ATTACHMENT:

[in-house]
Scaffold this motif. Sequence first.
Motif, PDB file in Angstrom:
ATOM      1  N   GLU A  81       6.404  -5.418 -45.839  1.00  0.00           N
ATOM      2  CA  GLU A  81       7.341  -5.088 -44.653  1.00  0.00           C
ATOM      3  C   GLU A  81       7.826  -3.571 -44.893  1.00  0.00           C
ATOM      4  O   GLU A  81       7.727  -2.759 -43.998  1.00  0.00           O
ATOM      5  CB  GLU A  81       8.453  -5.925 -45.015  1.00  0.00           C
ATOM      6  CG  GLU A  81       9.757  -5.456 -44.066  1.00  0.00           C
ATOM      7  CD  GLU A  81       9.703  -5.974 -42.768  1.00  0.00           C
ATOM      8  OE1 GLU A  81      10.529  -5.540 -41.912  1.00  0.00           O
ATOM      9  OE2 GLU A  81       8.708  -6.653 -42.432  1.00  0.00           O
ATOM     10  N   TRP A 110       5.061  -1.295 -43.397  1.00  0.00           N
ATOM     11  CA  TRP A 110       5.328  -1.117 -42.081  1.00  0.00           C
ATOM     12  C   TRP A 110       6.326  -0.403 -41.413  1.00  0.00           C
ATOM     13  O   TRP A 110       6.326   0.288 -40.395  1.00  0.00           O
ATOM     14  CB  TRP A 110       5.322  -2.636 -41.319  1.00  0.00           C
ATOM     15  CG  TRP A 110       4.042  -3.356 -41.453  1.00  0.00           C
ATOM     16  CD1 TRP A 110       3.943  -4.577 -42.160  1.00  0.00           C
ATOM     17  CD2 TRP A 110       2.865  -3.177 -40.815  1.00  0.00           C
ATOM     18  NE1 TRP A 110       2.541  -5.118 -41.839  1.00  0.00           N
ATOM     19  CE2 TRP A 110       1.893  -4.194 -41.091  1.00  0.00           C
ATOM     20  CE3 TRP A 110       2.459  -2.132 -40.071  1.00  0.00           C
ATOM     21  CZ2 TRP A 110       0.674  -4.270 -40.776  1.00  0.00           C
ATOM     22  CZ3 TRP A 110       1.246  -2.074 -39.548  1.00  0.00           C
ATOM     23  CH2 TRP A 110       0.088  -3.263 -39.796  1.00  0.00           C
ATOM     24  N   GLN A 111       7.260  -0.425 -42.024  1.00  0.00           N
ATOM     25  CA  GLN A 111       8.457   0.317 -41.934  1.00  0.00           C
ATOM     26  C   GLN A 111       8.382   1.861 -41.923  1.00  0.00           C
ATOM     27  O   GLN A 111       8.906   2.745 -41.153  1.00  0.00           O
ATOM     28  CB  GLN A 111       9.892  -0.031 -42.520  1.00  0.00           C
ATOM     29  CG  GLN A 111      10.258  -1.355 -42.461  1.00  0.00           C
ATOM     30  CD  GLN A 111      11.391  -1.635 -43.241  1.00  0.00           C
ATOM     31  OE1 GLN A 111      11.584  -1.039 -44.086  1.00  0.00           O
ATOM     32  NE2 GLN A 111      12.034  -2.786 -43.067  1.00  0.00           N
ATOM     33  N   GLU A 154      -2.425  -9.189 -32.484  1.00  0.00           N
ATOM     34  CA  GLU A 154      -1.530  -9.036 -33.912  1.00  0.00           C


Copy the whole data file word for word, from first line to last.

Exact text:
[in-house]
Scaffold this motif. Sequence first.
Motif, PDB file in Angstrom:
ATOM      1  N   GLU A  81       6.404  -5.418 -45.839  1.00  0.00           N
ATOM      2  CA  GLU A  81       7.341  -5.088 -44.653  1.00  0.00           C
ATOM      3  C   GLU A  81       7.826  -3.571 -44.893  1.00  0.00           C
ATOM      4  O   GLU A  81       7.727  -2.759 -43.998  1.00  0.00           O
ATOM      5  CB  GLU A  81       8.453  -5.925 -45.015  1.00  0.00           C
ATOM      6  CG  GLU A  81       9.757  -5.456 -44.066  1.00  0.00           C
ATOM      7  CD  GLU A  81       9.703  -5.974 -42.768  1.00  0.00           C
ATOM      8  OE1 GLU A  81      10.529  -5.540 -41.912  1.00  0.00           O
ATOM      9  OE2 GLU A  81       8.708  -6.653 -42.432  1.00  0.00           O
ATOM     10  N   TRP A 110       5.061  -1.295 -43.397  1.00  0.00           N
ATOM     11  CA  TRP A 110       5.328  -1.117 -42.081  1.00  0.00           C
ATOM     12  C   TRP A 110       6.326  -0.403 -41.413  1.00  0.00           C
ATOM     13  O   TRP A 110       6.326   0.288 -40.395  1.00  0.00           O
ATOM     14  CB  TRP A 110       5.322  -2.636 -41.319  1.00  0.00           C
ATOM     15  CG  TRP A 110       4.042  -3.356 -41.453  1.00  0.00           C
ATOM     16  CD1 TRP A 110       3.943  -4.577 -42.160  1.00  0.00           C
ATOM     17  CD2 TRP A 110       2.865  -3.177 -40.815  1.00  0.00           C
ATOM     18  NE1 TRP A 110       2.541  -5.118 -41.839  1.00  0.00           N
ATOM     19  CE2 TRP A 110       1.893  -4.194 -41.091  1.00  0.00           C
ATOM     20  CE3 TRP A 110       2.459  -2.132 -40.071  1.00  0.00           C
ATOM     21  CZ2 TRP A 110       0.674  -4.270 -40.776  1.00  0.00           C
ATOM     22  CZ3 TRP A 110       1.246  -2.074 -39.548  1.00  0.00           C
ATOM     23  CH2 TRP A 110       0.088  -3.263 -39.796  1.00  0.00           C
ATOM     24  N   GLN A 111       7.260  -0.425 -42.024  1.00  0.00           N
ATOM     25  CA  GLN A 111       8.457   0.317 -41.934  1.00  0.00           C
ATOM     26  C   GLN A 111       8.382   1.861 -41.923  1.00  0.00           C
ATOM     27  O   GLN A 111       8.906   2.745 -41.153  1.00  0.00           O
ATOM     28  CB  GLN A 111       9.892  -0.031 -42.520  1.00  0.00           C
ATOM     29  CG  GLN A 111      10.258  -1.355 -42.461  1.00  0.00           C
ATOM     30  CD  GLN A 111      11.391  -1.635 -43.241  1.00  0.00           C
ATOM     31  OE1 GLN A 111      11.584  -1.039 -44.086  1.00  0.00           O
ATOM     32  NE2 GLN A 111      12.034  -2.786 -43.067  1.00  0.00           N
ATOM     33  N   GLU A 154      -2.425  -9.189 -32.484  1.00  0.00           N
ATOM     34  CA  GLU A 154      -1.530  -9.036 -33.912  1.00  0.00           C